One man’s trash is another man’s treasure. OK, no show wants to be called “trash,” but if it means you’re getting picked up by another network or platform after cancellation at your original home, you probably won’t mind it too much.
“One Day at a Time” — The sitcom revival ran for three seasons on Netflix from 2017 to 2019 before being canceled in March 2019. Pop TV then picked up “One Day at a Time” for a fourth season, which began airing last year. The cable channel canceled the series in November.
“Brooklyn Nine-Nine” — The Andy Samberg comedy ran from 2013 to 2018 on Fox and was picked up for a sixth season by NBC one day after being canceled by its original network. The show’s seventh season aired in 2020, and the eighth and final season will premiere this summer.
“Designated Survivor” — The Kiefer Sutherland drama ran for two seasons from 2016 to 2018 on ABC. The series was picked up by Netflix for a third season, which ran in 2019. The show then got canceled again.
“Lucifer” — The drama ran for three seasons on Fox, from 2015 to 2018, and was picked up by Netflix for a fourth season in June 2018. Season 4 launched on the streaming service in 2019, while the first half of its fifth season premiered last August and the second half at the end of May. Netflix still has the sixth and final season left to debut.
“Nashville” — The country music drama aired from 2012 to 2016 on ABC, then got picked up by CMT for two more seasons from 2016 to 2018.
“Cougar Town” — Ran on ABC from 2009 to 2012, then on TBS from 2013 to 2015.
“Arrested Development” — The comedy aired on Fox from 2003 to 2006 and then moved to Netflix in 2013 for a fourth season. A fifth season rolled out in 2019.
“The Expanse” — The sci-fi series aired from 2015 to 2018 on Syfy and was canceled before being picked up by Amazon Prime Video for two more seasons. Ahead of the fifth season’s December 2020 premiere, the streaming service ordered a sixth and final season.
“Futurama” — The animated comedy ran on Fox from 1999 to 2003, then moved to Comedy Central from 2008 to 2013.
“Gilmore Girls” — The dramedy aired from 2000 to 2007 on The WB, which became The CW in the show’s final season. It was revived by Netflix in 2016 for a special four-episode miniseries, “Year in the Life.”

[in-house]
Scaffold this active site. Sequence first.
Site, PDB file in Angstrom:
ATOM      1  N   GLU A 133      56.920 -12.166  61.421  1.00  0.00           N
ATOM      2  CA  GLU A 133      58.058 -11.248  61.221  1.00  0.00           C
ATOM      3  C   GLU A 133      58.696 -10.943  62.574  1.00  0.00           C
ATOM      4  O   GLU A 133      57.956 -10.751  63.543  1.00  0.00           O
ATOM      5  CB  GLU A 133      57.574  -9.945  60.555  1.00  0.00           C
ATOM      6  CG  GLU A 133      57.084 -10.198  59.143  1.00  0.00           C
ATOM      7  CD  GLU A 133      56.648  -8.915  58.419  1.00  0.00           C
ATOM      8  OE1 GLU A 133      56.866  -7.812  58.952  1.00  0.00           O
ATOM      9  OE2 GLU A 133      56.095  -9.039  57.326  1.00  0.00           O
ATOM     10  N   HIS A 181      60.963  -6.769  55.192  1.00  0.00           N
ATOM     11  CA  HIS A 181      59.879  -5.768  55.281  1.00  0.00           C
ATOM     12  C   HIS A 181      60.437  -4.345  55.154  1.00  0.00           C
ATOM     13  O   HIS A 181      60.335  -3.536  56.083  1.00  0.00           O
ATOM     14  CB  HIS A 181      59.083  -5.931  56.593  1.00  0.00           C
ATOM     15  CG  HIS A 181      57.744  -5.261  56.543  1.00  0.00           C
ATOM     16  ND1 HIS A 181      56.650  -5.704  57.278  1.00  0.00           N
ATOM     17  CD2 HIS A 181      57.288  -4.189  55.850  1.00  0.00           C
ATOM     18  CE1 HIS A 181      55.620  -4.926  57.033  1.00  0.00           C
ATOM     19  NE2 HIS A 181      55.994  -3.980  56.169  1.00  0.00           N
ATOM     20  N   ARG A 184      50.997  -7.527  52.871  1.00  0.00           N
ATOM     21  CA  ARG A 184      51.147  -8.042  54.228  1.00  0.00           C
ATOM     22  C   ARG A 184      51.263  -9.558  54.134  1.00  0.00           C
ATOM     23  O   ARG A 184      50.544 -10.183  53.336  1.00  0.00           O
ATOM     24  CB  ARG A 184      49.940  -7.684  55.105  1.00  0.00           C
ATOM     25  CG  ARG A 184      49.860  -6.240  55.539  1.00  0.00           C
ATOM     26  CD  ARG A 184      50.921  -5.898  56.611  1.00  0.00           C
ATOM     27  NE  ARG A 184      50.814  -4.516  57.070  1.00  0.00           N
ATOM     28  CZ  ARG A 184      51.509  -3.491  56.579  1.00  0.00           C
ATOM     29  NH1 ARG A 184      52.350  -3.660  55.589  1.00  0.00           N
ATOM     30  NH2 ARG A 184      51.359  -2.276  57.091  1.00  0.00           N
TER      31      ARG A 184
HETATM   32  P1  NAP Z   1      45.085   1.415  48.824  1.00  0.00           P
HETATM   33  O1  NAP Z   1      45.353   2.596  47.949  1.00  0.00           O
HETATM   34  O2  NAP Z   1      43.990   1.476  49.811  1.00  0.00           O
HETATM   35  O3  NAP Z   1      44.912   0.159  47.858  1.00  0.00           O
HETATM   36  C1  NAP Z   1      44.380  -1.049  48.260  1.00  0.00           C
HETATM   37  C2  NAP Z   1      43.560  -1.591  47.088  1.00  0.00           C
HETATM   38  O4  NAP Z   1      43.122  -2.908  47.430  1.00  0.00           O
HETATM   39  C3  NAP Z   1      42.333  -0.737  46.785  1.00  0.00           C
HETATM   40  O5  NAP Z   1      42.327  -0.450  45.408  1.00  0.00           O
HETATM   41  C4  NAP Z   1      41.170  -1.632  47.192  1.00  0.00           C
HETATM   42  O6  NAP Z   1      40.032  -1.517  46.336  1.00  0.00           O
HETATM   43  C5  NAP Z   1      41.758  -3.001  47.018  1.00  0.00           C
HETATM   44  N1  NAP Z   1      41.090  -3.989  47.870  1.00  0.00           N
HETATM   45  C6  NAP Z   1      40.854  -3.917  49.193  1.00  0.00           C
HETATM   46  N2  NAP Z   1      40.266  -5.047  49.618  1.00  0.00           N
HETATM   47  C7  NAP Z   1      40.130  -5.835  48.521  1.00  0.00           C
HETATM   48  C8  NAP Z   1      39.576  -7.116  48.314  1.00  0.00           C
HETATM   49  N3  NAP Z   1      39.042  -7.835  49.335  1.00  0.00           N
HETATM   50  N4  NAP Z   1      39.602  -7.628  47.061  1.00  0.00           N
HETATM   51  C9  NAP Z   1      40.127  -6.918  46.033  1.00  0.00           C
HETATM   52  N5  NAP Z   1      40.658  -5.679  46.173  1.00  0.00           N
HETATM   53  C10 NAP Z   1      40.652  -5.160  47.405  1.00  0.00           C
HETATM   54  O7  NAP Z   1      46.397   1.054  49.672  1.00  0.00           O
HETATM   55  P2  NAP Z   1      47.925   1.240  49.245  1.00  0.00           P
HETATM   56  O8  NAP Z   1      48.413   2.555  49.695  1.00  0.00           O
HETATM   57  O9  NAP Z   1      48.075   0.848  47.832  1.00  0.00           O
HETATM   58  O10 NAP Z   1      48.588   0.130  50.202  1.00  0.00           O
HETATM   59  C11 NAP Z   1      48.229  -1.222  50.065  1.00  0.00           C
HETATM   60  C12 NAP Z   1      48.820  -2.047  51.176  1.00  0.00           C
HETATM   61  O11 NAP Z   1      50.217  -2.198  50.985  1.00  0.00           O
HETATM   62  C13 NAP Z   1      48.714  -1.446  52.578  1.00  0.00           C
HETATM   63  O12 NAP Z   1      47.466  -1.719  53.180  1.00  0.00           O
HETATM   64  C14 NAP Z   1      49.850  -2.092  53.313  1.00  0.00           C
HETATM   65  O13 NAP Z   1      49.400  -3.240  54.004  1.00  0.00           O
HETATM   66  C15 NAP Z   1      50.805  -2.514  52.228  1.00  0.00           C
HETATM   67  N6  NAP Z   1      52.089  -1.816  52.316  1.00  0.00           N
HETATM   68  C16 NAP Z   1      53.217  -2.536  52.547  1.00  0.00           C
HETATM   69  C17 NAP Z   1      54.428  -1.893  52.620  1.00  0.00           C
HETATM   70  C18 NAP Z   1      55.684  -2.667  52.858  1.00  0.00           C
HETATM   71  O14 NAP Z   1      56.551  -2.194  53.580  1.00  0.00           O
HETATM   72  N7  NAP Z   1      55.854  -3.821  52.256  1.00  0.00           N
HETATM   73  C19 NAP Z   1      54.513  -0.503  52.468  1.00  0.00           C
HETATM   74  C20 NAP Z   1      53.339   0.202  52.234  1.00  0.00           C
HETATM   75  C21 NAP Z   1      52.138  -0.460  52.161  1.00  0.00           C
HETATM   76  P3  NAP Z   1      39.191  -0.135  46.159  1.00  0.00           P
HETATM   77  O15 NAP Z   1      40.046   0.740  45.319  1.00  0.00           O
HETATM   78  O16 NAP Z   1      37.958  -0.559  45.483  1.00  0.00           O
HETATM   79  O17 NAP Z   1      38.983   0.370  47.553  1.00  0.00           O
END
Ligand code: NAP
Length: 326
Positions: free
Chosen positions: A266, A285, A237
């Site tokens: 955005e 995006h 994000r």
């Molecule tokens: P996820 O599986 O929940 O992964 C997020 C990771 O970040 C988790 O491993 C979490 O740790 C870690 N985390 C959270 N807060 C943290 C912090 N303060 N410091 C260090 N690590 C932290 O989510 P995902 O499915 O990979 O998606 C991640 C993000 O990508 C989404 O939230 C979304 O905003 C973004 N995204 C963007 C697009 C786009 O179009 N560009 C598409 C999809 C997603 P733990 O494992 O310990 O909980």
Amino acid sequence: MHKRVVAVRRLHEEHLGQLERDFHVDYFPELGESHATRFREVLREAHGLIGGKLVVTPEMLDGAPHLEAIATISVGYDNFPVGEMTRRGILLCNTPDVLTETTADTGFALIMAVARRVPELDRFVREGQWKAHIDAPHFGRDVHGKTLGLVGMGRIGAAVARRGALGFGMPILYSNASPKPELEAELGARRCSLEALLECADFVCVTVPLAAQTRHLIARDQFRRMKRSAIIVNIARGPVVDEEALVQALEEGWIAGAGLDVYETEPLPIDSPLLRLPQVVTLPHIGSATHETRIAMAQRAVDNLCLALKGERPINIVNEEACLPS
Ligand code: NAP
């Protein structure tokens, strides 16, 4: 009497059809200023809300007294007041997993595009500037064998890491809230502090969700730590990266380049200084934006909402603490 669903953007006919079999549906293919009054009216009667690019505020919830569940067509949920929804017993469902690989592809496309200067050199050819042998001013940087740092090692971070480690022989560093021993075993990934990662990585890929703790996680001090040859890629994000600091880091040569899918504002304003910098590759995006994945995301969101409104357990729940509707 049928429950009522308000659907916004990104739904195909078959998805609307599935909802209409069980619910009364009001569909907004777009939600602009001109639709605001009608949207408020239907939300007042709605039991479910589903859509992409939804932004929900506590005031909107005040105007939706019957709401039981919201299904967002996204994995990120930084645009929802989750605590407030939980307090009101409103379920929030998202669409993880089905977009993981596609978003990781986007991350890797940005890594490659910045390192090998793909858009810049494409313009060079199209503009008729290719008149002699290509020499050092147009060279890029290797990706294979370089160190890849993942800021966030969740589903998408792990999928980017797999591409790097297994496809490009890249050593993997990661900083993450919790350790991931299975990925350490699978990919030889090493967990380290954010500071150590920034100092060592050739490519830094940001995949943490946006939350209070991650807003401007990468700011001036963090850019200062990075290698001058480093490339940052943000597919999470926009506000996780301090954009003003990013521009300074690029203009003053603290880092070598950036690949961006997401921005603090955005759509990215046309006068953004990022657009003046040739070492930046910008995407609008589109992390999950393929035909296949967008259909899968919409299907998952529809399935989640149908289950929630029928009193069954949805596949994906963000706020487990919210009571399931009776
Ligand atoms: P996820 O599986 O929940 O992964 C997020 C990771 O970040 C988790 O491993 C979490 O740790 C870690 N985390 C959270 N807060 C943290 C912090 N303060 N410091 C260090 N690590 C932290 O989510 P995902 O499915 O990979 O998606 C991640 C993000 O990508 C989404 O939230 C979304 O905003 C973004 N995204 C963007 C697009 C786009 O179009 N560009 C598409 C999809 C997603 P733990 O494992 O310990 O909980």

“Community” — The sitcom ran on NBC from 2009 to 2014 and aired its sixth and final season on Yahoo! Screen in 2015.
“Scrubs” — The hospital-set sitcom aired seven seasons on NBC from 2001 to 2008, then moved to ABC for two more seasons.
“The Mindy Project” — Mindy Kaling’s comedy ran on Fox from 2012 to 2015, then moved to Hulu from 2015 to 2017.
“Diff’rent Strokes” — The classic comedy started its long run on NBC from 1978 to 1985, then moved to ABC from 1985 to 1986.
“Buffy the Vampire Slayer” — The cult classic aired from 1997 to 2001 on The WB before moving to UPN for its final two seasons, which aired from 2001 to 2003.
“Roswell” — The sci-fi teen drama first ran on the WB from 1999 to 2001, then moved to UPN from 2001 to 2002. (A reboot, titled “Roswell, New Mexico,” premiered on The CW in 2018.)
“Veronica Mars” — The Kristen Bell show ran on UPN from 2004 to 2006, then moved to The CW for a final season from 2006 to 2007. And then Hulu released a revival in 2019.
“Stargate SG-1” — The sci-fi series started on Showtime from 1997 to 2002, then moved to Sci Fi (later Syfy) from 2002 to 2007.
“Project Runway” — The fashion competition series first ran on Bravo from 2004 to 2008, then moved to Lifetime from 2009 to 2018, and then returned to Bravo in 2019 for a new season with Heidi Klum and Tim Gunn replaced by Karlie Kloss and Christian Siriano.
“JAG” — The procedural ran for one season from 1995 to 1996 on NBC, before CBS picked it up from 1997 to 2005.
“Last Man Standing” — The Tim Allen sitcom ran for six seasons from 2011-2017 on ABC, then got picked up by Fox in 2018 and aired Seasons 7 and 8 on its new network. The show’s ninth and final season concluded on Fox in 2021.
“Magnum P.I.” — The reboot of the Hawaii-set crime procedural ran for four seasons with Jay Hernandez taking on the title role held by Tom Selleck in the 1980s. But after CBS canceled the show in 2022, NBC picked it up for at least 20 more episodes.